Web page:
How To Use Evernote To Learn Code

Kyle Reed // @kylereed

Evernote continues to dominate the note taking, idea generating, book writing, resource saving world.

There have been several resources written about the expansive use of evernote.
Randy Elrod did a whole weeks series on the uses of Evernote.
Michael Hyatt shared his note taking methods using Evernote.
Alicia Rockmore wrote about 6 baby steps for getting started with Evernote.

As you can see, resources are abounding all over the web for the many uses of Evernote. But there is one aspect of Evernote that I have not seen anyone talking about.

How To Use Evernote To Learn Code

I am a self-taught coder and designer. My teacher has been the world wide web and any free resource blog out there I could find. I learned by trial and error, paying attention, and a lot of surfing for the newest way to use CSS3. A lot of the times I would stumble upon a great resource or tutorial and have to bookmark the page for future reference. Most of the time that future referencing never happened. I was missing out on a lot of new techniques and ideas because they were being stored away in a folder rather then being put in a working document that I could check regularly.

Evernote has truly helped me archive and remember pieces of code that I use every single day and I think it can help you do the same.

Here is how to use Evernote to teach you all the code (or any other resource) in the world.

1. Begin By Searching

No matter what you are learning you have to have a place to start. For me I had to go on a search to find websites that were talking about CSS and HTML resources (I have written a post about a couple of sites I check daily for resources on this subject matter found here). The important thing here is to find sites that give away great tutorials, resources, and examples that you can learn from. Once you have found those sites it is important to set up an RSS feed of each of those sites. I use google reader and folders to help me check those sites daily. As you can see on the left I have a couple of sites that I have in my goo reader that I check daily and rely on for ideas, inspiration, and tutorials. A great place to start for web design stuff is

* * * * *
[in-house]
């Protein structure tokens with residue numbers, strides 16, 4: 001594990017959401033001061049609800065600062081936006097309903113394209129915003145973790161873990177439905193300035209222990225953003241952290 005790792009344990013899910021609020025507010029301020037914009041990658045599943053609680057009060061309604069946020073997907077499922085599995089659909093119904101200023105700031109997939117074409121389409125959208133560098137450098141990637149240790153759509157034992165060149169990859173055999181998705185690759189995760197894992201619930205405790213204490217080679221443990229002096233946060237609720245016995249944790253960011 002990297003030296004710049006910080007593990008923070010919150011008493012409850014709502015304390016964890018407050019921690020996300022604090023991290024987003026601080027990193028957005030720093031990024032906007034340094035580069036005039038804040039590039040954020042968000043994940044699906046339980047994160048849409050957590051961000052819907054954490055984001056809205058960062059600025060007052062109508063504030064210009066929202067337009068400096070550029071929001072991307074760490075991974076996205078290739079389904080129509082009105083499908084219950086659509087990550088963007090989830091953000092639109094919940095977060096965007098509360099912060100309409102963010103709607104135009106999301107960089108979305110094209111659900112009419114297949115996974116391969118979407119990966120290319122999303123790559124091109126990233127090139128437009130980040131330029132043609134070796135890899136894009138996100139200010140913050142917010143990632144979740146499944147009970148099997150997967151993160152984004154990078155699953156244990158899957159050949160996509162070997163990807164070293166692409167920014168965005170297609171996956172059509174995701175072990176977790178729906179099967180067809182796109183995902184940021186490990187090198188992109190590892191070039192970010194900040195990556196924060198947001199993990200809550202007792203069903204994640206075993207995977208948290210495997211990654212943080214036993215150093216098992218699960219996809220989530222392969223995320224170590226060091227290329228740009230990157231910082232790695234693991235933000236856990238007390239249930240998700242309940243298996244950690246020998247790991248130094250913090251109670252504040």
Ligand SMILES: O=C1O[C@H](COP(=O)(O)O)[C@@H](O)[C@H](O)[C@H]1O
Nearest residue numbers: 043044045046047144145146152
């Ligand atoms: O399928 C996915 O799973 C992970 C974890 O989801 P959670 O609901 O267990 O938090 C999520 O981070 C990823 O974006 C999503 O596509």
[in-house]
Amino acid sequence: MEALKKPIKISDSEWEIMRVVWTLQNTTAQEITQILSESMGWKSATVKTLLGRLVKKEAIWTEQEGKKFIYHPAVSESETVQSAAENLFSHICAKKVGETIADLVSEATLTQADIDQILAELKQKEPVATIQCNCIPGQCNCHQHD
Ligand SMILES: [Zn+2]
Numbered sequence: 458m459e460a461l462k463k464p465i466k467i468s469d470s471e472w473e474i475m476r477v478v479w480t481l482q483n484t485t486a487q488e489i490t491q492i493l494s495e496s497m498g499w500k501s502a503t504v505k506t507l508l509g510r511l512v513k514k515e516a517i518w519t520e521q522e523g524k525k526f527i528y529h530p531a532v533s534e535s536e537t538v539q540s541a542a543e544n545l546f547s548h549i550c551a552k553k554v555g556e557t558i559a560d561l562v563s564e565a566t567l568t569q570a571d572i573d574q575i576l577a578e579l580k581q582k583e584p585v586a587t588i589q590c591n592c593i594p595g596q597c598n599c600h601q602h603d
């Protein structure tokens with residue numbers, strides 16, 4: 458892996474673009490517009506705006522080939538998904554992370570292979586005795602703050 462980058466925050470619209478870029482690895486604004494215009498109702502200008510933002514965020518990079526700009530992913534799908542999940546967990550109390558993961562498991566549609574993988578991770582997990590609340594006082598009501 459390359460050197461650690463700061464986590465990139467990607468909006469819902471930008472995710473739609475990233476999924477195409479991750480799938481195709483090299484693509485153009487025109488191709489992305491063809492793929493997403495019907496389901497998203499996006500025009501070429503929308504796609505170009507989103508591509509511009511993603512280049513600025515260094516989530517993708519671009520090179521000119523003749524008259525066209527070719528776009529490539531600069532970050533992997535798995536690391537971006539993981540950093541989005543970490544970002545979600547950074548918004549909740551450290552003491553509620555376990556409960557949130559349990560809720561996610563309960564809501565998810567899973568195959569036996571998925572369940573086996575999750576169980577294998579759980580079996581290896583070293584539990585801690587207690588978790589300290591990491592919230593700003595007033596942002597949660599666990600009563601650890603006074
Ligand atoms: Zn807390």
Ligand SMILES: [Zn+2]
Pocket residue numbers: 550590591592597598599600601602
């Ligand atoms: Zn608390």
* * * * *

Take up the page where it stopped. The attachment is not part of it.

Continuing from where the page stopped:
2. Start Clipping

We are not talking about coupons, but in some ways you have to start clipping the resources much like you would clip that coupon that will save you a dollar off slim fast shakes. The brilliance of this technique (clipping) is that is is literally one click away. The two browsers that offer up this brilliance (FireFox and Chrome) have made clipping easier then ever before. Upon discovering interesting content or code you clip the elephant, pick your notebook, tag, and text and hit save. This takes the task of having to open up Evernote or any other program away and provides that one click clip that saves you time so that you can go on to find more great resources.

Also notice below this post there is an option for you to clip this post into your Evernote notebook. Most blogs are now offering up this option and it takes the 1 click clip to the next level. Be sure to look into providing this option to your readers in the future.

3. Implementing

The last and final key to this all is to start implementing what you have saved. Evernote has provided you an easy place to store all the info you will need. The biggest thing now is referring regularly to your Evernote notebook and start implementing the different code that you have stored away. Any time I start a new project there are two things that I regularly do. Start with a good wireframe and search my Evernote notebook for ideas and design elements. This has saved me a ton of time and frustration simply because it is all organized and saved away. Instead of searching for that resource I remember reading the other day or for that new way of using a drop-shadow in CSS3 I have it all at my finger tips with easy to read titles and organized tags that make searching a breeze.